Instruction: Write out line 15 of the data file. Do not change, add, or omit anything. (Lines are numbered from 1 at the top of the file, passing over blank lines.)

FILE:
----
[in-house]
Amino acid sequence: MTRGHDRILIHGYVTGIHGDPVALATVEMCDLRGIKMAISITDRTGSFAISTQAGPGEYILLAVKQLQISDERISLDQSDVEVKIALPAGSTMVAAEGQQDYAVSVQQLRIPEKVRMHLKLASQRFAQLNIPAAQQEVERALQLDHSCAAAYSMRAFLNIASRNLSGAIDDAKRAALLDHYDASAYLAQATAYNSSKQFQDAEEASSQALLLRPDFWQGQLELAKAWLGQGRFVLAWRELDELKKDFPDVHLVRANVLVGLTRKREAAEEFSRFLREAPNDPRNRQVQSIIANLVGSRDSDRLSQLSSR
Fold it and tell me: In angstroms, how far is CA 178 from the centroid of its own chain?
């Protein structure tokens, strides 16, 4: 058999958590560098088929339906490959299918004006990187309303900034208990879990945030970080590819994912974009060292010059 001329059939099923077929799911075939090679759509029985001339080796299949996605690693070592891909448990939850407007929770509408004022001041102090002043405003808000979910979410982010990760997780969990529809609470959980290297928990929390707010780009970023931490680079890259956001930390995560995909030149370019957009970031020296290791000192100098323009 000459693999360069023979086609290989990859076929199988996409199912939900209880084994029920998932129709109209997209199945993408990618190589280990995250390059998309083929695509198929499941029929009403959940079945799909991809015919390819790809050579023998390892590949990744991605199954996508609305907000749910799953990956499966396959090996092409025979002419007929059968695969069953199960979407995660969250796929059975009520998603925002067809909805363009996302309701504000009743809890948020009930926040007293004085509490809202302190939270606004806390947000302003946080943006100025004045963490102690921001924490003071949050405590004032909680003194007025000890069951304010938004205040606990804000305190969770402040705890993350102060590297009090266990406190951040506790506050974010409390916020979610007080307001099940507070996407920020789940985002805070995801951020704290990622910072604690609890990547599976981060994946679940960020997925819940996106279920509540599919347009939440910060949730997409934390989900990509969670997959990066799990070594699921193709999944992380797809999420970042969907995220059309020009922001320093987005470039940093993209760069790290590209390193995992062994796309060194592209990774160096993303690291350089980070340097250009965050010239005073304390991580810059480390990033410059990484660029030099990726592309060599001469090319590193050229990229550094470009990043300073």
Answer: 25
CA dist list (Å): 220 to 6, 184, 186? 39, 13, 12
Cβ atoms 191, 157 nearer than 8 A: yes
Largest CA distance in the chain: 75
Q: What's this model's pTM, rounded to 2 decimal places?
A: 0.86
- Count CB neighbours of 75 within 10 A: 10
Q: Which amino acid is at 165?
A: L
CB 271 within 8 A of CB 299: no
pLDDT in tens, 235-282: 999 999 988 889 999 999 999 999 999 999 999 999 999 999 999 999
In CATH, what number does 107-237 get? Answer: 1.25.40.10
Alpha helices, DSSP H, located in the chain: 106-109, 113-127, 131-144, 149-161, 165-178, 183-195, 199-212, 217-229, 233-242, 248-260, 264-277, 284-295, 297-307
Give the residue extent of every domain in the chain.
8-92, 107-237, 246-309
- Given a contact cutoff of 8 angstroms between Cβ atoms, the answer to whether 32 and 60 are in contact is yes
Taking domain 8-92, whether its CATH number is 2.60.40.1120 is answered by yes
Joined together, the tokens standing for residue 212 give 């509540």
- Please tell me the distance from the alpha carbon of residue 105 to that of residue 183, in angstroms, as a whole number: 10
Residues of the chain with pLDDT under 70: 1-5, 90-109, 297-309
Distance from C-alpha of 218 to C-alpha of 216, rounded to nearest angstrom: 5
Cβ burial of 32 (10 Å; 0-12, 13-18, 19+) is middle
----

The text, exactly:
pLDDT in tens, 235-282: 999 999 988 889 999 999 999 999 999 999 999 999 999 999 999 999